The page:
21 Mar 2016
Laser-based technique under development at the University of Nottingham promises new way to image inside lungs.
A laser-based enhancement to conventional magnetic resonance imaging (MRI) scanners could allow physicians a far clearer picture of lung disease, say researchers working on the technique at the UK’s University of Nottingham.
Thomas Meersmann and colleagues at the Sir Peter Mansfield Imaging Centre, named after the Nobel winning physicist who is still an emeritus professor at Nottingham, have developed an optical process that uses krypton gas as an inhalable contrast agent.
Known as spin-exchange optical pumping (SEOP), it allows the otherwise inert gas to be “hyperpolarized”, meaning that a detailed view inside the lung can be generated when a patient inhales the gas and holds their breath during an MRI scan.
“Traditional MRI uses hydrogen protons in the body as molecular targets to give a picture of tissue but this does not give a detailed picture of the lungs because they are full of air,” explains the Nottingham team. MRI works by using a radio-frequency probe to distinguish between different states of nuclear spin, and the “hyperpolarisation” technique aligns the noble gas nuclei in such a way that they show up on a scan.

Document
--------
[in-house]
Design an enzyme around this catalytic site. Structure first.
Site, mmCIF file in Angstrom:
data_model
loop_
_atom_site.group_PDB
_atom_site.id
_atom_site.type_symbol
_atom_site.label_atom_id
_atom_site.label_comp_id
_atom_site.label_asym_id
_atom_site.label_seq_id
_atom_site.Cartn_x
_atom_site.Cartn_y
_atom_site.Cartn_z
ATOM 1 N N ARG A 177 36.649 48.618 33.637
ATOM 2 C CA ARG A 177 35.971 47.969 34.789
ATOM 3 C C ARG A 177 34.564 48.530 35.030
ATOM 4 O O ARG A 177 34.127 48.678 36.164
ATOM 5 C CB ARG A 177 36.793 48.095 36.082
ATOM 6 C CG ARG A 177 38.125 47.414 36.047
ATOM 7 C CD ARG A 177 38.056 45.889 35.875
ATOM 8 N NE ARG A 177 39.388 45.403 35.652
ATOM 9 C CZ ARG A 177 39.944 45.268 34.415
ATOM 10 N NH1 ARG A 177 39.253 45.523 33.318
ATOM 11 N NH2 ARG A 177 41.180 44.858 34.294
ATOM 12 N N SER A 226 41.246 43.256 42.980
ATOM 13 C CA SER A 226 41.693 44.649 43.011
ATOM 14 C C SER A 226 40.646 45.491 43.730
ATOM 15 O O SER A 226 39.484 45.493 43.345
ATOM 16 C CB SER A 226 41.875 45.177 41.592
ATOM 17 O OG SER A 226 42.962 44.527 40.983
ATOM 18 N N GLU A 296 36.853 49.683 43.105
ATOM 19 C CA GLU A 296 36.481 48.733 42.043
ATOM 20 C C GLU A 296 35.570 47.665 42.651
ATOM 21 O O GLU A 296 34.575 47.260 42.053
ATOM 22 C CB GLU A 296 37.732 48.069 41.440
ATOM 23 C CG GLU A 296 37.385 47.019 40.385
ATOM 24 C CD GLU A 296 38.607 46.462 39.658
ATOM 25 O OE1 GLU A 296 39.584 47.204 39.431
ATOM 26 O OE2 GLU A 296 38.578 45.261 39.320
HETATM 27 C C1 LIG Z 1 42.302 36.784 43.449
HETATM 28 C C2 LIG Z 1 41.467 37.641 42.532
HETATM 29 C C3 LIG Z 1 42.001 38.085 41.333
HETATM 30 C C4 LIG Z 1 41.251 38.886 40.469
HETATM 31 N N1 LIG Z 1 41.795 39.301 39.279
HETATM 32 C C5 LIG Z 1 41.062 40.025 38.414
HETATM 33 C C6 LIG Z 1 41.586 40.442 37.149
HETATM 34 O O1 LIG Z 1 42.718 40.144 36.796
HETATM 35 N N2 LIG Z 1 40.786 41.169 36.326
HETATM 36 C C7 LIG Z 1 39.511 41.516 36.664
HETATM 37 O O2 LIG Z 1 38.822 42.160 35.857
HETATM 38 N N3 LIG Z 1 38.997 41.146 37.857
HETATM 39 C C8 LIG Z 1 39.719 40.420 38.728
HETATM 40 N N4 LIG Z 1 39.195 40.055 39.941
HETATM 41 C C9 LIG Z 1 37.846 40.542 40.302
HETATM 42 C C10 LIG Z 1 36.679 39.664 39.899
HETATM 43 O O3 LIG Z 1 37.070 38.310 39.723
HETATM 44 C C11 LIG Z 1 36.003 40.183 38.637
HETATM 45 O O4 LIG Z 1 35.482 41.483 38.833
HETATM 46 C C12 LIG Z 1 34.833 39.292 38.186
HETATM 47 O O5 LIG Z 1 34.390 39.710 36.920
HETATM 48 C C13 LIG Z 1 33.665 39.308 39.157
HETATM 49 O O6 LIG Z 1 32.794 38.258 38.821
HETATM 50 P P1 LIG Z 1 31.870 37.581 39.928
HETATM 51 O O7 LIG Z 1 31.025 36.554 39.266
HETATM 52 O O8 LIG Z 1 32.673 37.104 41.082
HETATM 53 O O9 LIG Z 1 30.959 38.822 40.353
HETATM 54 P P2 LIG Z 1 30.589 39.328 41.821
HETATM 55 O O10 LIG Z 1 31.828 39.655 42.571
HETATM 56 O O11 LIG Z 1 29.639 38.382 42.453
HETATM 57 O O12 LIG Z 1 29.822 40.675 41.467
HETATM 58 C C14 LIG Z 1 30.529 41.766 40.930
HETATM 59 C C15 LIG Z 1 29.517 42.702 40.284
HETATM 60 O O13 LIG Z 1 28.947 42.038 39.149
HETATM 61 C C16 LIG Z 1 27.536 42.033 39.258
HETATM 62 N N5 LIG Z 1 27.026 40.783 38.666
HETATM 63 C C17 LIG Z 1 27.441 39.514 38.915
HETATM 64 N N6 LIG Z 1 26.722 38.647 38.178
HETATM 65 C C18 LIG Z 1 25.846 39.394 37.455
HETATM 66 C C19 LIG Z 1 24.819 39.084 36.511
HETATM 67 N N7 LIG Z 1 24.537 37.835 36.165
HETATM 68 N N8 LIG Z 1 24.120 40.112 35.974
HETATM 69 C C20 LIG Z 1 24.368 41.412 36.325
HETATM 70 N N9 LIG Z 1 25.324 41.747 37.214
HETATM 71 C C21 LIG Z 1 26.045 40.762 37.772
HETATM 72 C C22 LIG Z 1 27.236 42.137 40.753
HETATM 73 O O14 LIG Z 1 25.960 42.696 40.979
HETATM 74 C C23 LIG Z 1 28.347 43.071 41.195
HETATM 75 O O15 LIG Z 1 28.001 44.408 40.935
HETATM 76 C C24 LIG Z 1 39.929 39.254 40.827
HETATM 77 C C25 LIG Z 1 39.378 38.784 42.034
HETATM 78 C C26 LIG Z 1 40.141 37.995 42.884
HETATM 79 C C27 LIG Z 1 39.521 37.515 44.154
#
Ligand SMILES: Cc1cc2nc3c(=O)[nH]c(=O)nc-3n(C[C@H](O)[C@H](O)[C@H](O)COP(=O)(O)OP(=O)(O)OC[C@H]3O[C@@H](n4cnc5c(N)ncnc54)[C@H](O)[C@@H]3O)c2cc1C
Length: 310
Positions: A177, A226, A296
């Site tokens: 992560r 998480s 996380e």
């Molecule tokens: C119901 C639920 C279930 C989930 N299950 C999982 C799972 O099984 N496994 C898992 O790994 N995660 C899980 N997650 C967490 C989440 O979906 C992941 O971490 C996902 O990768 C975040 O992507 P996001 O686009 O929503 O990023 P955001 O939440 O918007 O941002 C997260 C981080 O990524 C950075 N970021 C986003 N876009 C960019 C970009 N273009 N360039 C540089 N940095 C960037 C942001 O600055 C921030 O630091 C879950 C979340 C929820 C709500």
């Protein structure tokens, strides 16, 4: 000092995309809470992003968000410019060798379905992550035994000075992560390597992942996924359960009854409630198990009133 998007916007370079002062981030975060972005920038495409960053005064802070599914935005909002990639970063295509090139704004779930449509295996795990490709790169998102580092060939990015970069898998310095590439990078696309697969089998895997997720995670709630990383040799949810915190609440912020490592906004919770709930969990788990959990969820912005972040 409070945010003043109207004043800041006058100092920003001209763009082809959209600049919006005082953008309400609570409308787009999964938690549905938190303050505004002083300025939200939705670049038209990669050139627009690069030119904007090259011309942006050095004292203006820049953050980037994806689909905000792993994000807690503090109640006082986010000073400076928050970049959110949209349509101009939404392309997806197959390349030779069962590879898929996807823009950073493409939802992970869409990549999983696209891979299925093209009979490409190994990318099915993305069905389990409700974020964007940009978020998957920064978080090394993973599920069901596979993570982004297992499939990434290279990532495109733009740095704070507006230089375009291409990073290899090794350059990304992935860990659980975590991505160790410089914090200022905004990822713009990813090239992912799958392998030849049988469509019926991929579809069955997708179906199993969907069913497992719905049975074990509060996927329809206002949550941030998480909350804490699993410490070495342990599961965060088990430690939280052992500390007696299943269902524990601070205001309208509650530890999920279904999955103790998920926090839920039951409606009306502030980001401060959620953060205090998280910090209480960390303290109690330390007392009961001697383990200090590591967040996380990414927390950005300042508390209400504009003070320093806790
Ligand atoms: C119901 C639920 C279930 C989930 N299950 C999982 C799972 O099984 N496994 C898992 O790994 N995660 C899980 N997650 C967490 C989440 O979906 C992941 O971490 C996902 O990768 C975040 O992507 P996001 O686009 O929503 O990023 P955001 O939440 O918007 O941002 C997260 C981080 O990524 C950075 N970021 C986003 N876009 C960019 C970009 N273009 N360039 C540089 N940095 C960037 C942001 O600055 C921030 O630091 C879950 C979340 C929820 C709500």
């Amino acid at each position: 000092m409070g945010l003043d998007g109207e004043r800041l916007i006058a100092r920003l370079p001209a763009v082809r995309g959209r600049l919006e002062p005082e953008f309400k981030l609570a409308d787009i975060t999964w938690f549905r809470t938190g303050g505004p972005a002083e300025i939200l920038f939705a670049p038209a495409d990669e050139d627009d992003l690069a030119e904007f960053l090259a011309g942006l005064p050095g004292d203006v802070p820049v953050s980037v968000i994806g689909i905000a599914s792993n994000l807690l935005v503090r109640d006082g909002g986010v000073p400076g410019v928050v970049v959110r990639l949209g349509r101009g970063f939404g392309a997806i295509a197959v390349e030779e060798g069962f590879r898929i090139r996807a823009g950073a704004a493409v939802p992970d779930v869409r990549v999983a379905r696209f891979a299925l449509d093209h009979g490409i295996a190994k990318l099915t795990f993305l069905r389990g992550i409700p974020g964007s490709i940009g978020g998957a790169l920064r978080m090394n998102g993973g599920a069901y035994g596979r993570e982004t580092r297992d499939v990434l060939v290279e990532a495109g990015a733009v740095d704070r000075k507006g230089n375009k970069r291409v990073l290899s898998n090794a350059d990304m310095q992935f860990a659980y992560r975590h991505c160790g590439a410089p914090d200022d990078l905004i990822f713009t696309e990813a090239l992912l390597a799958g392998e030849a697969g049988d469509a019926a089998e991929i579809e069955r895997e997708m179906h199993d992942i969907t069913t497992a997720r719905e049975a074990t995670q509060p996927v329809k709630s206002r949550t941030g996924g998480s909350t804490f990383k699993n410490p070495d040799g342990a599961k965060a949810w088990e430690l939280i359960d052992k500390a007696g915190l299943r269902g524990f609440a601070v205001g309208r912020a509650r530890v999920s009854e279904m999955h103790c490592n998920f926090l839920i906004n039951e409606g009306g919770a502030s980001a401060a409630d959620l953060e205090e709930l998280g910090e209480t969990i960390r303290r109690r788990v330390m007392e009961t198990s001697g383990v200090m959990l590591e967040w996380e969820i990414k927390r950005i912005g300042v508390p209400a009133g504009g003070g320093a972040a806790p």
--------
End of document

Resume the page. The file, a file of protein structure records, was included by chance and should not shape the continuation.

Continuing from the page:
Meersmann told optics.org that relatively recent advances in laser technology have been critical to the development of the technique, which it is hoped will begin clinical trials within a couple of years.
Thanks to funding from the UK’s Medical Research Council (MRC), the laser system’s power is currently being upgraded from 25 W to 100 W, so that it can produce larger quantities of hyperpolarized krypton for the Nottingham center’s whole-body 7 Tesla MRI scanner.
Laser hyperpolarization technique
By targeting specific electronic transitions in gas-phase alkali metal atoms, the “optical pumping step” of SEOP promotes a single electron in the outer s-orbital of these atoms into the p-orbital.
“Alkali metal electron spin alignment occurs if the light is circularly polarized and the light path is aligned with a weak external magnetic field,” Meersmann explains, adding that the generated “electron spin hyperpolarization” can then be transferred via gas-phase collisions to the nuclear spins of noble gas atoms.